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Historic national coalition formed to accelerate next generation immunotherapy in cancer

Leaders from large pharma including Celgene and Amgen, biotech including NantWorks, NantKwest, Etubics, Altor Bioscience, and Precision Biologics, major academic cancer centres and community oncologists announced the launch of ?The National Immunotherapy Coalition (NIC), a historic alliance – in collaboration with Independence Blue Cross, one of the nation’s largest payers and Bank of America, one of the largest self-insured companies in the U.S. – with a singular focus: accelerating the potential of combination immunotherapies as the next generation standard of care in patients with cancer.

This unprecedented collaboration of multinational pharmaceutical, biotechnology companies, academic centres and community oncologists will make possible access to over 60 novel and approved agents under exploration in the war against cancer and will enable rapid testing of novel immunotherapy combination protocols, forming the basis of ? The Cancer MoonShot 2020. The NIC will design, initiate and complete randomized clinical trials in cancer patients with cancer at all stages of disease in up to 20 tumour types in as many as 20,000 patients by the year 2020.

The QUILT Program

The QUILT (QUantitative Integrative Lifelong Trial) program is designed to harness and orchestrate all the elements of the immune system (including dendritic cell, T cell and NK cell therapies) by testing novel combinations of vaccines, cell-based immunotherapy, metronomic chemotherapy, low dose radiotherapy and immunomodulators – including check point inhibitors – in patients who have undergone next generation whole genome, transcriptome and quantitative proteomic analysis, with the goal of achieving durable, long-lasting remission for patients with cancer.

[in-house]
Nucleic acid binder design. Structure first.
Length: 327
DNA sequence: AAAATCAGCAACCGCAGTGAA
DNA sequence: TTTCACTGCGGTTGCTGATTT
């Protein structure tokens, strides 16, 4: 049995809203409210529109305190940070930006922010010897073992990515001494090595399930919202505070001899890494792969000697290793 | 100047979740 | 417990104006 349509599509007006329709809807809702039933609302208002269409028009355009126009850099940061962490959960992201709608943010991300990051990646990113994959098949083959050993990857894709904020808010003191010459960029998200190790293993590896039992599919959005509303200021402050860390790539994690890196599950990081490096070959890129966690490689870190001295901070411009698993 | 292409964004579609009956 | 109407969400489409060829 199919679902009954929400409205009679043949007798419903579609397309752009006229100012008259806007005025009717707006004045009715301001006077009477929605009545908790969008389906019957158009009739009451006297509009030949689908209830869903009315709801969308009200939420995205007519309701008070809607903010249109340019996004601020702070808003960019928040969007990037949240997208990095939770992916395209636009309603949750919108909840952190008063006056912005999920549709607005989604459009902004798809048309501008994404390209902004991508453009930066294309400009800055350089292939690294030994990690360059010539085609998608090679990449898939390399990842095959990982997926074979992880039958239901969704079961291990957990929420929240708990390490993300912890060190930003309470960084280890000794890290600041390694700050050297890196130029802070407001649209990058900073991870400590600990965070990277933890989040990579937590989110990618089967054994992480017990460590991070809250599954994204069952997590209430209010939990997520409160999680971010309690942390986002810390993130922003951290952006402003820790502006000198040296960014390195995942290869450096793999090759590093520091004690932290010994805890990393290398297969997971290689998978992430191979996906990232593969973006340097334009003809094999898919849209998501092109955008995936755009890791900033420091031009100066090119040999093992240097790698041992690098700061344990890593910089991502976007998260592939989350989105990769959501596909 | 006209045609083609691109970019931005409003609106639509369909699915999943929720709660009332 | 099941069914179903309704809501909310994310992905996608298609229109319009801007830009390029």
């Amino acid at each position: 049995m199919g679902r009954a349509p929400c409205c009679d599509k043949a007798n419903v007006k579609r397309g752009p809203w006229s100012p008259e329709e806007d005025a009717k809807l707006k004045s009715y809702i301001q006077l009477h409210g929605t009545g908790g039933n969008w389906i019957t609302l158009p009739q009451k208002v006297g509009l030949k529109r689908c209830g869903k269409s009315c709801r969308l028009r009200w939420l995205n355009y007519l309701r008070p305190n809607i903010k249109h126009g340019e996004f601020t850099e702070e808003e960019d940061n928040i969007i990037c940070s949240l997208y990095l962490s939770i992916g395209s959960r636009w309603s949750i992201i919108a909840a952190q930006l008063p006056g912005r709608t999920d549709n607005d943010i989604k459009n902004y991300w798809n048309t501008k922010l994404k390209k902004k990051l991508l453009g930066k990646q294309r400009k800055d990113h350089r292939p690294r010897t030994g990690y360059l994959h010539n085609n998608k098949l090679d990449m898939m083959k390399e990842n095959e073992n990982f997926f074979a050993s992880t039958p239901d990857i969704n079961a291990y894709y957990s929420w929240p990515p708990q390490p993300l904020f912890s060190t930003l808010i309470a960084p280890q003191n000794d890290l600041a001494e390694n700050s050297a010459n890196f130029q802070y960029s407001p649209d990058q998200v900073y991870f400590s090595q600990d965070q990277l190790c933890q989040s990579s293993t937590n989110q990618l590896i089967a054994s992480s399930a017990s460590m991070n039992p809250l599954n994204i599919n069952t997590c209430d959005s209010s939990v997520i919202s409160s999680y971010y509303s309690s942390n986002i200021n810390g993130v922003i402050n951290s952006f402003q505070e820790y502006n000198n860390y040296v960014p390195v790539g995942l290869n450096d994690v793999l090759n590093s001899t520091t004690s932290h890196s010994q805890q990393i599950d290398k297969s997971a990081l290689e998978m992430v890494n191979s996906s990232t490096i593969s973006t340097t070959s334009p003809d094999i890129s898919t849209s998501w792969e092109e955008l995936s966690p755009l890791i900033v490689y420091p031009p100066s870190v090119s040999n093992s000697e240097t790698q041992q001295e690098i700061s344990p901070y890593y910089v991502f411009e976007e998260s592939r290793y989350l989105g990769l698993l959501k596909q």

The multiple Phase 1 and 2 protocol designs will be a collaboration between academia, pharma, and clinical scientific experts in immunotherapy in accordance with the recent published U.S. Food and Drug Administration guidance of “Co-development of Two or More New Investigational Drugs for Use in Combination.” Multiple companies are currently exploring first-in-human clinical trials as part of agreements between government agencies, including Immunology Branches of NCI, academia and community oncologists. Multiple randomized Phase 2 trials testing genomically and proteomically informed novel combinations of immunotherapy agents, will pave the way to identifying cancer therapy combinations with the lowest toxicity and the highest quality of life.